Friday, 5 September 2014

Stuff I Like: Podcasts

Or here are some podcasts you might enjoy (or here are things everyone already knows about).

So, in my day job I'm a Science Graduate student who studies how heart cells link how much energy they are using to how much energy they produce. Overall I think it is pretty wicked cool stuff. As a day-to-day thing, though, Biology is mostly doing a lot of meticulous, repetitive tasks carefully, then waiting five minutes while a machine takes a picture or spins really fast, doing more vaguely dull tasks, and then staring at excel spreadsheets for hours to decipher some facts. The minutiae of the job can be a little boring. I mean, it's kind of the Best Job, but it's also one that lends itself to listening to a lot of podcasts while the magic happens.

These are some of my favourite.

Planet Money: I think economics is interesting. I mean, at it's most base it's kind of disgusting since it tries to break down everything to a transaction, but, for better or worse, our world is driven by people wanting and needing stuff and doing things to satisfy those needs and wants. Having some idea of how the systems that govern the production, distribution, and wanting of stuff work seems like a really good idea to me. Because really, the systems and behaviour that economics tries to understand effects everything from how we get our food to what geek media is made. It's such a big deal! So I kind of love Planet Money since it's a journalistic enterprise that uses story-forward approaches to facilitate substantiative, approachable discussions of how econonmic-things work. And it's totally not boring, I swear! It listens as amusing stories about interesting events and stuff and then explains the economics of it in a way that is informative but doesn't really feel like a lecture. (Entertaining podcasts that are also somehow informative will be a theme here.)

99% Invisible: In the same way I find economics interesting, I am deeply fascinated by architecture and design. The fact that pretty much every constructed thing had someone agonize over every aspect of it boggles my mind. And once you accept everything manufactured has been designed than it follows that everything about manufactured stuff is a choice and that most of those choices speak directly to function. Like, the QWERTY keyboard I'm typing this on was laid out in this arrangement so that the mechanical moving arms of ye olde typewriters wouldn't jam as often. And then there are all of the aesthetics that go into the design: it isn't enough for a thing to work perfectly it has to be pleasing to the senses as well. And all of that is human brain hours and talent at work. Everywhere. In everything! MIND BLOWING!! 99% Invisible is a podcast that tells stories about design and architecture and engineering. It focuses more on telling an emotionally effective narrative than education, but like Planet Money, manages to be super charming and effortlessly informative. It's "let's talk about this cool building or this historic mad inventor and while we're having fun or whatever, we've learned something". It's ace.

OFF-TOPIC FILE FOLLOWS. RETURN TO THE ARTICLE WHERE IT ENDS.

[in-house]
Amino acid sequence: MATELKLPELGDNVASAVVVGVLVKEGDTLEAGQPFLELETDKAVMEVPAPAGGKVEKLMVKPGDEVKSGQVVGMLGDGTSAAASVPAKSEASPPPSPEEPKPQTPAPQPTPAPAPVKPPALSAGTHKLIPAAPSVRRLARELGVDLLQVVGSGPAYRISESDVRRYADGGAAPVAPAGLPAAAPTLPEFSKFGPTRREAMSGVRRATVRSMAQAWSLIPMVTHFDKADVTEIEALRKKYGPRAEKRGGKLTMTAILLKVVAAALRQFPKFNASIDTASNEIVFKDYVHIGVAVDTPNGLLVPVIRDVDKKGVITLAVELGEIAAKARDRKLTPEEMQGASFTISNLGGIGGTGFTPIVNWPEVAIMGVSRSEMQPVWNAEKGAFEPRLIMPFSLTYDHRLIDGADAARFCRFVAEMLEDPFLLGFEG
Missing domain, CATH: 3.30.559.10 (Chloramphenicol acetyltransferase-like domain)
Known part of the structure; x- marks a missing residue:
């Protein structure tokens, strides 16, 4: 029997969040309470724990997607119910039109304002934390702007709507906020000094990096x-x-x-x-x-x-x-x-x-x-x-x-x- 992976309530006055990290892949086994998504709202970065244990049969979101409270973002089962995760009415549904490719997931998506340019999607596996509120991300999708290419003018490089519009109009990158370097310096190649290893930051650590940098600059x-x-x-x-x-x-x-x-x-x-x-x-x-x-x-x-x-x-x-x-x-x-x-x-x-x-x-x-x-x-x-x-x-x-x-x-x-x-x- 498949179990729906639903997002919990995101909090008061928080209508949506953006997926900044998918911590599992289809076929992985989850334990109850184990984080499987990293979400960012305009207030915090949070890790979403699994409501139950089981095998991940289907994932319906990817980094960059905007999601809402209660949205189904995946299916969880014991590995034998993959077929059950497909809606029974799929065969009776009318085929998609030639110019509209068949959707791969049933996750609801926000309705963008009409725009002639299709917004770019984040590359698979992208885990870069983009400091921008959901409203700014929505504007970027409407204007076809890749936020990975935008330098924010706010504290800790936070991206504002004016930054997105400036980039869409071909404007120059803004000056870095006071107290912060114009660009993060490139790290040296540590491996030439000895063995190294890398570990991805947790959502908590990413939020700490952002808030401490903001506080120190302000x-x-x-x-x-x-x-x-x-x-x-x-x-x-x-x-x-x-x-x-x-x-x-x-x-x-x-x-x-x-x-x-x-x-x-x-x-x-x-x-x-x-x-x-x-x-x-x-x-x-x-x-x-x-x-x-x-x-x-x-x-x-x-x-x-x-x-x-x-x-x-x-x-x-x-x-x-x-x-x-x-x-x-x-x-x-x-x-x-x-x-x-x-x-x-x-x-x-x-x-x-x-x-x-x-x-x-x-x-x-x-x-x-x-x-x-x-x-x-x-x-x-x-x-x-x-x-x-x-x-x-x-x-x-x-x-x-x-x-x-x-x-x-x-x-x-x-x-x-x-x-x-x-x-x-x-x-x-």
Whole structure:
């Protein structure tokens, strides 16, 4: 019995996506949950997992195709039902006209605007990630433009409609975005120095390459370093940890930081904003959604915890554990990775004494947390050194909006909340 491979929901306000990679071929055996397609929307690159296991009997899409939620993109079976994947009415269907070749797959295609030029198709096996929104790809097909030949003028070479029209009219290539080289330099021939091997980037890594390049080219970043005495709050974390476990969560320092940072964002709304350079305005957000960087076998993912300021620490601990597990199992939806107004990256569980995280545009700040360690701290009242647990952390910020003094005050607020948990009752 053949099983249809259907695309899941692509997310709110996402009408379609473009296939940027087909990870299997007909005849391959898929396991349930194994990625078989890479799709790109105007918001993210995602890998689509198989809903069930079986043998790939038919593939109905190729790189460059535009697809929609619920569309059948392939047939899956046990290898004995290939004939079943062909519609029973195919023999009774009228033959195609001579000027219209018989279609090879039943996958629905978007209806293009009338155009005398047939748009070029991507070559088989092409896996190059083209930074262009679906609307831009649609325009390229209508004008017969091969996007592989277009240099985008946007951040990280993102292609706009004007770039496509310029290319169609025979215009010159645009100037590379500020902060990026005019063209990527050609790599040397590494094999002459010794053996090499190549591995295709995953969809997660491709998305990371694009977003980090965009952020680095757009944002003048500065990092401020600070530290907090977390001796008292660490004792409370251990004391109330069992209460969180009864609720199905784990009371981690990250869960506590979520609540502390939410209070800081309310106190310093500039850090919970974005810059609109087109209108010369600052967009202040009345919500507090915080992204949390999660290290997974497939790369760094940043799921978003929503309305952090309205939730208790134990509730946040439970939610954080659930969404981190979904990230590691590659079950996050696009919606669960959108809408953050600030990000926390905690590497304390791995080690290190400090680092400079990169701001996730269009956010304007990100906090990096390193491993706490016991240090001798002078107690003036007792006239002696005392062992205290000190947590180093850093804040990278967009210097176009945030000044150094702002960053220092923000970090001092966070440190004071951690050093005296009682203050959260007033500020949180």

(Note: 99% Invisible usually runs a tight ~30min.)

Radiolab: This is to Science what the previous two podcasts are to architecture and economics: thought provoking, narrative driven stories about interesting Science stuff. It's also just about the only Science podcast I can stand. I have a pretty fraught relationship with Science podcasts despite being passionate about Science. I find most of the professional Science-casts for Scientists too dry and too focussed on particular papers to enjoy. (While I find a summary of most research pretty cool, the nitty-gritty of individual studies that aren't in a field I'm interested in can be super dull!) These podcasts also have the problem of Scientists banging on about how great there research is and wildly over-selling their results without the all-important data that in a written format let's me tell if they are full of shit or not. It's like all of the worst parts of a Scientific journal article without any of the substance. On the other end of the spectrum, I find most Science podcasts for civilians too light on substance or focused on buzzwordy meme stuff to really get me interested. There is also the fact that Science Journalism tends to be kind of wrong about a lot of stuff, either out of lack of expertise or an attempt to be better understood, and it bugs me. Like how when someone leaves three seconds on a microwave and doesn't hit the RESET button bugs me: irrationally and deeply. Radiolab is the goldilocks of these situations: it presents stories that are genuinely interesting in an engaging way and provides a very scientifically literate discussion that is also really clear and easy to follow. (Being both accurate and understandable to a general audience when talking about Science is really hard to do well, and Radiolab absolutely nails it. It's something I think about constantly when trying to explain my own research.) Radiolab also beautifully demonstrates the discovery and question generating aspects of Science which really speaks to why I do this for a living in the first place. It's fantastic!